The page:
While a significant portion of video games focus on combat and competition, these titles offer a less aggressive way to progress and win. None of these games enable or require the player to cause harm to another living thing -- even Mario's merciless campaign to stomp on every Goomba he meets bars him from this list. Or then there's catching and selling fish in Animal Crossing that rule that one out.

Many of them are aimed at children and families, but you'll be surprised how many explore deeper, more mature themes in their narratives, or require just as much skill as a fast-paced first-person shooter. This means there's plenty of offer for parents who might lack the reflexes (or interest) to survive a round of Fortnite.

We've focused on the games you might not expect to be played non-violently here, but you can find the full list at Non-Violent Games Of the Day curated by James Batchelor.
 

Interpret Deeper Meaning

Image 159The games in this list have been the subject of a series of articles I have written about video games and faith. Firstly, from 2013-2015 for ThirdWay magazine, and more recently for Youth and Children's Work (YCW) magazine.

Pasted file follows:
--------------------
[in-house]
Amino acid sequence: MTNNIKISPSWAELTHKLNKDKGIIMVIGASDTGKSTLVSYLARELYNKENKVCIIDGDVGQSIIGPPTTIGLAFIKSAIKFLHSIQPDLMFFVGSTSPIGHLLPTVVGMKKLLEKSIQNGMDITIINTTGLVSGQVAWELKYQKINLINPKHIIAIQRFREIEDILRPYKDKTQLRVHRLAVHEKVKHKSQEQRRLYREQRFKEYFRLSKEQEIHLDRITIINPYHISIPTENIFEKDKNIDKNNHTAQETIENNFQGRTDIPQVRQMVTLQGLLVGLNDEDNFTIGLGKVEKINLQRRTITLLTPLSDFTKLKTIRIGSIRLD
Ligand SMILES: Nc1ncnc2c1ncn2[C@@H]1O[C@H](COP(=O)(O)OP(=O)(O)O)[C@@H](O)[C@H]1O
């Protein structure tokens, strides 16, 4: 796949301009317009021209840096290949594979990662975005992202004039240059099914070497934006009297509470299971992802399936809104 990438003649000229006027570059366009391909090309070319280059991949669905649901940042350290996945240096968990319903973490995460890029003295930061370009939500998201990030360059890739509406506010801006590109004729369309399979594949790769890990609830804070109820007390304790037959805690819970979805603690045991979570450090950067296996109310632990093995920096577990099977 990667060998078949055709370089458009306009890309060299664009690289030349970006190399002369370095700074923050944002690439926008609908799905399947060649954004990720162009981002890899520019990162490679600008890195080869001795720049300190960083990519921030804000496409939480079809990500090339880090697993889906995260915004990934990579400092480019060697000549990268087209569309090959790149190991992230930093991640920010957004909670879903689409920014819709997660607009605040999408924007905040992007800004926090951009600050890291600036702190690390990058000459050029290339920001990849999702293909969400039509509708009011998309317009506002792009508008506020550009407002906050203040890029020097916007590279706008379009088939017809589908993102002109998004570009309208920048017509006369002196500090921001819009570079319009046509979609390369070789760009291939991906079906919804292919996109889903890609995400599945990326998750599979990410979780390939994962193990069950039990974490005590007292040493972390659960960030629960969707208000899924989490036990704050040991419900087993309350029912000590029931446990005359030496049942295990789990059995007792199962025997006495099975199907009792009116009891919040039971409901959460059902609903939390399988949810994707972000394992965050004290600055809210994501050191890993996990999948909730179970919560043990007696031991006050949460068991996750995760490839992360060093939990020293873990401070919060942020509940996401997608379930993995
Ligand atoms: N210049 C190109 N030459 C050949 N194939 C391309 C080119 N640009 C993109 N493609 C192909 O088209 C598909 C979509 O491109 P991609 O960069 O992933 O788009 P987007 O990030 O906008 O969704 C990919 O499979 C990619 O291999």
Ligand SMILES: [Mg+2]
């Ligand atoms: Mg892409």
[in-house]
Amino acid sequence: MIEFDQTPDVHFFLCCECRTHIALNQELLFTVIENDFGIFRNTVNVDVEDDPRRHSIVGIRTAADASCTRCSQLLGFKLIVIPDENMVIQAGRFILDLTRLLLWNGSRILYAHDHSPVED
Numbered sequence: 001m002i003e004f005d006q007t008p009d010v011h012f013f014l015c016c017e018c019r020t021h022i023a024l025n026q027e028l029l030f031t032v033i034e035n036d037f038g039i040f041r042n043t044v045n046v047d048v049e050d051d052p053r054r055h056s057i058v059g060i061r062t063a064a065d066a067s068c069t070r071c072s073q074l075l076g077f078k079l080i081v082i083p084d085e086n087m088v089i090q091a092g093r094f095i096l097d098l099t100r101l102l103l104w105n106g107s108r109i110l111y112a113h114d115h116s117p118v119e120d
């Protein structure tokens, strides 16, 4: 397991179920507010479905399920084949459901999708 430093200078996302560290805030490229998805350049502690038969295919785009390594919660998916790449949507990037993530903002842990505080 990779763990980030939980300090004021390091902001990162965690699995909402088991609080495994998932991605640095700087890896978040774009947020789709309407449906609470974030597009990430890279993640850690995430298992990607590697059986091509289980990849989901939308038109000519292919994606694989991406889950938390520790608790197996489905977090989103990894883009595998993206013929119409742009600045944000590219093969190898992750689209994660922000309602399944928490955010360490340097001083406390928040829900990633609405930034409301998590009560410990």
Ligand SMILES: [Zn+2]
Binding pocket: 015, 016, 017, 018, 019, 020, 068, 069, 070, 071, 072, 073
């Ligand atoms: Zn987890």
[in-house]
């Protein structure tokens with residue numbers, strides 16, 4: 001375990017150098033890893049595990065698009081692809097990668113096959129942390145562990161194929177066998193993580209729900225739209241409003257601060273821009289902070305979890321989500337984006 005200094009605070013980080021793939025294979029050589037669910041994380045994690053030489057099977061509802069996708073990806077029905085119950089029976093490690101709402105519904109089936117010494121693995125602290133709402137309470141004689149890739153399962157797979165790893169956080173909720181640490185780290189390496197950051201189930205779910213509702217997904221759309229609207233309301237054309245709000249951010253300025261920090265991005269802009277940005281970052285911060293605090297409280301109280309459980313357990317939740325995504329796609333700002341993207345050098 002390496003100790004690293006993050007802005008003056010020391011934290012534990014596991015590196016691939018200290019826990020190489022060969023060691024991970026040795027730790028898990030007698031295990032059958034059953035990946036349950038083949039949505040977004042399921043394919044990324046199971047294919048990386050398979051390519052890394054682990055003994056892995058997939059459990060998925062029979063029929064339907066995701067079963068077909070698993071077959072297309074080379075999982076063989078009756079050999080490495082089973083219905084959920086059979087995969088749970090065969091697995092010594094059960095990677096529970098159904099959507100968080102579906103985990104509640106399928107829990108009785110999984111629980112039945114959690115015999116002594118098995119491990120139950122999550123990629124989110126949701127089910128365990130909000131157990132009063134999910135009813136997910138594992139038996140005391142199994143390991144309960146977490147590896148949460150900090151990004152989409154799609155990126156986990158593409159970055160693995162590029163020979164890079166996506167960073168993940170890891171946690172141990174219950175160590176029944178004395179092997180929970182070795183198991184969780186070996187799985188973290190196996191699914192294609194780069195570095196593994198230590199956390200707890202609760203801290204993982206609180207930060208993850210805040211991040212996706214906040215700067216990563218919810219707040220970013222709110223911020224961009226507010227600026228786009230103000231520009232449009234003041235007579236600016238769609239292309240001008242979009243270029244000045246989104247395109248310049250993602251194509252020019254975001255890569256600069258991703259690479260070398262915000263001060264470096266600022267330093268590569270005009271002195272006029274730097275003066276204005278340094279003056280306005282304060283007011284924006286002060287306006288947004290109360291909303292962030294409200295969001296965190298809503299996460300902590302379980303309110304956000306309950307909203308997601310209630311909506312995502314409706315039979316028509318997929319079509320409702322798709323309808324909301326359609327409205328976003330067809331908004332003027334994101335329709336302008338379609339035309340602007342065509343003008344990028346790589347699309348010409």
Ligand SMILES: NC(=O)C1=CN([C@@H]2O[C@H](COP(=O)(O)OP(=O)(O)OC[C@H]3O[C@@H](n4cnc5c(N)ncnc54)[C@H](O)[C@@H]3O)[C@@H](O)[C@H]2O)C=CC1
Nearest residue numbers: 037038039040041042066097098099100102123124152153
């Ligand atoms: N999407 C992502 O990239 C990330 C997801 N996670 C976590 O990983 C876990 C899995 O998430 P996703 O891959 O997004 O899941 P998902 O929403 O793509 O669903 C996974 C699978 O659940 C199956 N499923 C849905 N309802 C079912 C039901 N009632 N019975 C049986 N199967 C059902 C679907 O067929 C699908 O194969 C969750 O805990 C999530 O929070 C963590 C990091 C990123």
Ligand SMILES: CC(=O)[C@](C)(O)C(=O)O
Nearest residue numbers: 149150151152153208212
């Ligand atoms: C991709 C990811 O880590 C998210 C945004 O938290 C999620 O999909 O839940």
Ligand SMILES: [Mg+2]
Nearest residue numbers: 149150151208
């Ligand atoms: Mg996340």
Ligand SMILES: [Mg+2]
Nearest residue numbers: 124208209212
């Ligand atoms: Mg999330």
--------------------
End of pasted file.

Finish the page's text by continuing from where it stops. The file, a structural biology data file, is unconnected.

These are two publications for Christian audiences, that have invited me to shed light on what a range of video games might mean for those communities. I aim to make connections with faith, the bible and the experience of these video games. This is one way to interpret them which of course invites further and possibly counter interpretations from other perspectives.

YCW articles:
Firewatch | Everything | Bury Me My Love | Abzu | Wilmot's Warehouse

Thirdway Articles:
Proteus | Joust | Uncharted 3 | Alan Wake | This War of Mine | Journey | Limbo | Spaceteam | A Dark Room | Altos Adventure | A Year Walk | Bioshock Infinite | The Last of Us | Disney Infinity | Everybody's Gone to the Rapture | That Dragon Cancer | Spec Ops The Line | Papo and Yo
 

Bend Time To Your Advantage

Time in video games is a valuable thing. Unlike in the real world where it proceeds in a linear fashion, in a game it may speed up, slow down or even go backwards. There are some games where controlling time becomes a crucial and fascinating game mechanic. The best of these integrate your time travelling powers with both characters and narrative to create a compelling experience.